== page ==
We organized an expedition to the climate camp set up by local initiatives there and drew inspiration from the successful Ende Gelände actions, which were part of the Break Free wave of climate civil disobedience. On the last day of the rail blockades, a power plant was nearly entirely shut down, while simultaneously the news broke that Germany had – for a few hours – for the first time in history produced electricity from almost only renewable sources of energy – a hugely symbolic moment.
Back home, we started a year-long preparation process to set up the first Klimakemp in the history of the Czech Republic, which we announced at the 25th anniversary of the introduction of the mining “limits”. Our statement read: “The limits are not enough, we want an end to the age of coal.” We pointed to the dangers of climate change, demanded that the decision on Bílina be overturned and that the oldest power plants be shut down, and called for acts of peaceful civil disobedience to challenge the government’s policy.
We wanted to complement the work of larger allies and NGOs and bring fresh approaches to movement politics. That’s why we organized the first Klimakemp in a strongly horizontal manner, which opened the process up for everybody who wanted to get involved.
The self-organized camp finally took place mid-2017 in the symbolically important setting of the victorious community of Horní Jiřetín. It brought together 300 people from the region, from all over the country and all across Europe, connecting groups from established environmental organizations to anti-racism and “right to the city” initiatives. Over five days the camp provided a space to live together, celebrate together and take action together.
One hundred and fifty people occupied the expanding Bílina mine together. This empowering action of non-violent civil disobedience stopped the extraction of coal and pressed the issue of climate change and our demand for a fossil-free future to the forefront of the debate.
We promised that we’d come back – and here we are. As the climate crisis deepens, connecting the dots between extreme weather, local struggles against the fossil fuel industry, state policy, and international finance is crucial. People in Pardubice are opposing the life extension of the Chvaletice power plant. People in the Liberec region are fighting for their water, which the mines are taking away from them. And locals in the north are struggling against further coal extraction.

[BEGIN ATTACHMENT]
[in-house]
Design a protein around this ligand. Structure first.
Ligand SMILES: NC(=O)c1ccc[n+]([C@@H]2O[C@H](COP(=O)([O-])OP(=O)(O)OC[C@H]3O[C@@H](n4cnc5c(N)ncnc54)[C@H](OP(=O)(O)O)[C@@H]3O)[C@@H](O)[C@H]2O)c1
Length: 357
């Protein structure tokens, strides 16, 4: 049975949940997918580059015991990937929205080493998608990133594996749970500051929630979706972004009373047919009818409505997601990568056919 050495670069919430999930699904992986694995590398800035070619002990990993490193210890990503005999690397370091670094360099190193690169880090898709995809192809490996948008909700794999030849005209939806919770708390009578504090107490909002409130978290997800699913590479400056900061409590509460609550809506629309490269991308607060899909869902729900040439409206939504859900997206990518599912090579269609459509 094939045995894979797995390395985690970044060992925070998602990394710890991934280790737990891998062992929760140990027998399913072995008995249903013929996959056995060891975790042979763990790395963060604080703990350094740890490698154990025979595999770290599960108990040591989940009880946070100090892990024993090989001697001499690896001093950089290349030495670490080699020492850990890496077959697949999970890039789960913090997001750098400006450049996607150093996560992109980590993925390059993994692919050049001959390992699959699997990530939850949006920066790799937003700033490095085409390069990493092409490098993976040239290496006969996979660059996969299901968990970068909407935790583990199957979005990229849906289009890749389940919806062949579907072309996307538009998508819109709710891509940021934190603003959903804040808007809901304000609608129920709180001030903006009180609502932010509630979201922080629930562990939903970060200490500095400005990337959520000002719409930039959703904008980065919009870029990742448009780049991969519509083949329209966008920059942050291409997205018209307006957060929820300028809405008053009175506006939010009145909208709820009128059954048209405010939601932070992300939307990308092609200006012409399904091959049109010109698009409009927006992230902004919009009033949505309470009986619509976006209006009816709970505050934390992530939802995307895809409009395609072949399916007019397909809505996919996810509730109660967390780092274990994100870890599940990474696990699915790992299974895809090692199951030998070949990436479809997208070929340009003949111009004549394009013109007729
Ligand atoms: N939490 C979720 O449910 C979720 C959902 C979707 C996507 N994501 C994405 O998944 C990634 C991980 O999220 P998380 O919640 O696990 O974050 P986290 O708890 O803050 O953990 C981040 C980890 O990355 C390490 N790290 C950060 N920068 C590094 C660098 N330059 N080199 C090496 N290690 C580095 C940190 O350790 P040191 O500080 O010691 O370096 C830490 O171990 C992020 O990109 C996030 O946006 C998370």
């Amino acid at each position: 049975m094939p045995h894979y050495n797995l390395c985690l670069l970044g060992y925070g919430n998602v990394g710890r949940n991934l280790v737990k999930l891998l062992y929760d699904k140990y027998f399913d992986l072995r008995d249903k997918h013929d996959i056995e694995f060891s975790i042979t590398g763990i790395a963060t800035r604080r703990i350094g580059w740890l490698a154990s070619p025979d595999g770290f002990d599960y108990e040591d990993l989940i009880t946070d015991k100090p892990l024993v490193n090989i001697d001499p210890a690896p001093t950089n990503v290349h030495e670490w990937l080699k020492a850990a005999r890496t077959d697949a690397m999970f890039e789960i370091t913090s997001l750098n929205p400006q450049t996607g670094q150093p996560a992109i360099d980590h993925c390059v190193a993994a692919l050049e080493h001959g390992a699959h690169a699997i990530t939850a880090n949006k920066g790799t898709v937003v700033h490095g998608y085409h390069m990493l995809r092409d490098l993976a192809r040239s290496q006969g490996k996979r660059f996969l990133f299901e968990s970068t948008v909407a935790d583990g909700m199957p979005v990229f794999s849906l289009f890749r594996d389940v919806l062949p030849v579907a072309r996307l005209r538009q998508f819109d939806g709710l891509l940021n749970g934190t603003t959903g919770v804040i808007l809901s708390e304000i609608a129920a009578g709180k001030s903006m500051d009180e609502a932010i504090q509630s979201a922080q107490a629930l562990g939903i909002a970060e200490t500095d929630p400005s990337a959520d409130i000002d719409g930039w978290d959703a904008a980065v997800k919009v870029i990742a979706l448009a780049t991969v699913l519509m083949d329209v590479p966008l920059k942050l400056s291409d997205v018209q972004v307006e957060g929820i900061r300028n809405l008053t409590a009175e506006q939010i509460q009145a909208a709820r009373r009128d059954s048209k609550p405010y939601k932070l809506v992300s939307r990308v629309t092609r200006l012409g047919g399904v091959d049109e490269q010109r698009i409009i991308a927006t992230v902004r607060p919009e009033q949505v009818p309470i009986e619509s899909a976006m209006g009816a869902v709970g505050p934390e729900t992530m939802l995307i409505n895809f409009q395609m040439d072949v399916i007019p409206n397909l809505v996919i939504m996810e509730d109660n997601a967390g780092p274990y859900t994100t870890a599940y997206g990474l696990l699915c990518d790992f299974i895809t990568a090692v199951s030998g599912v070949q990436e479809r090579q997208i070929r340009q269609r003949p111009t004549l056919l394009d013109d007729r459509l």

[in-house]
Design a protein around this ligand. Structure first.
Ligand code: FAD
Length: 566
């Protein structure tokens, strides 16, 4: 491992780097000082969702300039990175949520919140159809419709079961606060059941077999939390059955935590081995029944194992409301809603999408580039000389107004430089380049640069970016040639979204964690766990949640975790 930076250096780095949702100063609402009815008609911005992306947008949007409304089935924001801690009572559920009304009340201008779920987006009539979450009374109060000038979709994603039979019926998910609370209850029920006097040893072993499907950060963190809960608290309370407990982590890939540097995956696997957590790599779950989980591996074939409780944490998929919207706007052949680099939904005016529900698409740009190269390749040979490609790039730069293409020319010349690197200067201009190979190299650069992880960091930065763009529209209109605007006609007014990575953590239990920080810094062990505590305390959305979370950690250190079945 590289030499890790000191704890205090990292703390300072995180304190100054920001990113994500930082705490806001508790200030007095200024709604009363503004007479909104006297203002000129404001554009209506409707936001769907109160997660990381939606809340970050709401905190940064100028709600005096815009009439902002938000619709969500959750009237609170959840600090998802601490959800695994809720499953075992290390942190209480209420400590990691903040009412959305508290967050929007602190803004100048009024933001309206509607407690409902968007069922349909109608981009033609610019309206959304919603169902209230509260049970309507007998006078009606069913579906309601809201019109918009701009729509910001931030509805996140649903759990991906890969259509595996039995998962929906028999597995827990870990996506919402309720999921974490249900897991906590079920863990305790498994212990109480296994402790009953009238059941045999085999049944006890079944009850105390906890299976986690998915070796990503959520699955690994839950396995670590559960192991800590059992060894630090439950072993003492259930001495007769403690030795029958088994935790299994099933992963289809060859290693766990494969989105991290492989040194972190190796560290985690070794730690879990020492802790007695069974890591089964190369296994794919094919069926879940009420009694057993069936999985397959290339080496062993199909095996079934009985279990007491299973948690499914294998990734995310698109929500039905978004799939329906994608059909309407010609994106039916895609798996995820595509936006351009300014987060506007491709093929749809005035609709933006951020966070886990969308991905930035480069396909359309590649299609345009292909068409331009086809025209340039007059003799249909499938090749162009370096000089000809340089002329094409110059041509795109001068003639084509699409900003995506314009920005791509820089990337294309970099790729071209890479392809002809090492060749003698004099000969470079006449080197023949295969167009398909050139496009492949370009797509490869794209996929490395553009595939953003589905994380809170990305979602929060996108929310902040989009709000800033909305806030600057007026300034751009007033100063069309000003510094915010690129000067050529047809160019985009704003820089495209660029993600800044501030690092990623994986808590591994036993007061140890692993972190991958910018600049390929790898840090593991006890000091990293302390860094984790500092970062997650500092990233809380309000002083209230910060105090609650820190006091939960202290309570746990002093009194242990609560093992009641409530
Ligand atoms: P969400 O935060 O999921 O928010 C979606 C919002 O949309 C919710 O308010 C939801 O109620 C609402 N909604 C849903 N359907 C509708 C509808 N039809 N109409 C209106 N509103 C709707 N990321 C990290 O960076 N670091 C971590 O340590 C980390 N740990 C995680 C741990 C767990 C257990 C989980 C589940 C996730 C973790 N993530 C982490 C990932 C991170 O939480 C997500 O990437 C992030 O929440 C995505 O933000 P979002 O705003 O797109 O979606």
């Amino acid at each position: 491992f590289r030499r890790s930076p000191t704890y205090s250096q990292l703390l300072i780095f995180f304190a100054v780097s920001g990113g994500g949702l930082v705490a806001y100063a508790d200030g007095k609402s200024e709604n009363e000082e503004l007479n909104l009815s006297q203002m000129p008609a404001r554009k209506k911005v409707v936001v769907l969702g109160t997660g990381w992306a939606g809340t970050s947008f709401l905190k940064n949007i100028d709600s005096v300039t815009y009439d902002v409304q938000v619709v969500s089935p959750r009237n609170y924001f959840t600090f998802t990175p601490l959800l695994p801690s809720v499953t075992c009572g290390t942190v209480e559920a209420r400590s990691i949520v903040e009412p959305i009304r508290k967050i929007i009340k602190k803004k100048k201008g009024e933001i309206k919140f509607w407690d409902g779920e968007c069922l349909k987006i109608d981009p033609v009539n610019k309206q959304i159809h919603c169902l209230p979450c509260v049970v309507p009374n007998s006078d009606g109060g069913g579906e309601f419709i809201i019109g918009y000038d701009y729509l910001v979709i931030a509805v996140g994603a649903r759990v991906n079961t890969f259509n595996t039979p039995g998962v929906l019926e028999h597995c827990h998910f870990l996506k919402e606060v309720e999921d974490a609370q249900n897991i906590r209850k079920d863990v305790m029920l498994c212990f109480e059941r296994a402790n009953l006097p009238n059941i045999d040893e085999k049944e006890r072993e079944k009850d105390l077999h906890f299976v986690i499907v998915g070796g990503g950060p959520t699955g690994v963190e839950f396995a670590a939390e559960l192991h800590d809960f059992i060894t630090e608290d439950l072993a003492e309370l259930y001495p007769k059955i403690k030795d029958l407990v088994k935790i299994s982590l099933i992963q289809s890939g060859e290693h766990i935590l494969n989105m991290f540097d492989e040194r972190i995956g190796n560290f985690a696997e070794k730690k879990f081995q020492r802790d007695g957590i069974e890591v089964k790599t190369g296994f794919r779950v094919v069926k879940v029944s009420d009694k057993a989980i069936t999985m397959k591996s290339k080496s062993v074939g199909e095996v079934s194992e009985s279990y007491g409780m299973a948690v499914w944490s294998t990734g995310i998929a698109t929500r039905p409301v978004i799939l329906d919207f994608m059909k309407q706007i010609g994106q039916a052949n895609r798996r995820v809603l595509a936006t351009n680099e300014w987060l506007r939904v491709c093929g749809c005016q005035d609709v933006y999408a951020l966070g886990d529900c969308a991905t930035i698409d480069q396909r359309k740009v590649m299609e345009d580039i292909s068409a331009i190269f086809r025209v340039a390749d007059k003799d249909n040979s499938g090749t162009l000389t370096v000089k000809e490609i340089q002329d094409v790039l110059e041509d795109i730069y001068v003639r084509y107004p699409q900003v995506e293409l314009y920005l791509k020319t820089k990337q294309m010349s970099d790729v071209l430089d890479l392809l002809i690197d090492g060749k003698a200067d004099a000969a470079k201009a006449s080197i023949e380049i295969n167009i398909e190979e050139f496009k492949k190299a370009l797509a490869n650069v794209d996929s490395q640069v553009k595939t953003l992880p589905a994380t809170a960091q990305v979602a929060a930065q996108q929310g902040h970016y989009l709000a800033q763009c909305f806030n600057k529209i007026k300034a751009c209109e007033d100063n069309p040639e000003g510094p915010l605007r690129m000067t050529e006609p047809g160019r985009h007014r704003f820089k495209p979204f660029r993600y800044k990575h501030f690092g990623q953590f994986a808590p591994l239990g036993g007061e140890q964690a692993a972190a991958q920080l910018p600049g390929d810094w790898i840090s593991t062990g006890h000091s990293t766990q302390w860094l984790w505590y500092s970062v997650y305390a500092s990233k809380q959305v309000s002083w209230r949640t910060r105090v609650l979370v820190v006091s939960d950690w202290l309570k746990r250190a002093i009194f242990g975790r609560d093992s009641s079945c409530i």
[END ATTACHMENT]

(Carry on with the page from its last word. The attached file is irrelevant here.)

An important struggle is ahead of us. The energy companies will try to avoid the new European emission regulations (BREFs) and the Czech government has allowed them to apply for exemptions. In the next few years, these utilities will either have to be retrofitted – or shut down in line with the national energy strategy.
Significant pressure from private coal-mining companies such as Severní Energetická or EPH to rather have them privatized and retrofitted has to be countered by public opposition. The next years will be decisive, and international connections and solidarity can prove crucial to keeping international banks from lending money to companies – should privatizations go ahead.
With decision makers still jammed in the vicious cycle of coal and nuclear, building a strong climate movement that crosses borders seems more important than ever.
By Radek Kubala, Josef Patočka and Antonie Bernardová of the Czech climate justice coalition Limity jsme my.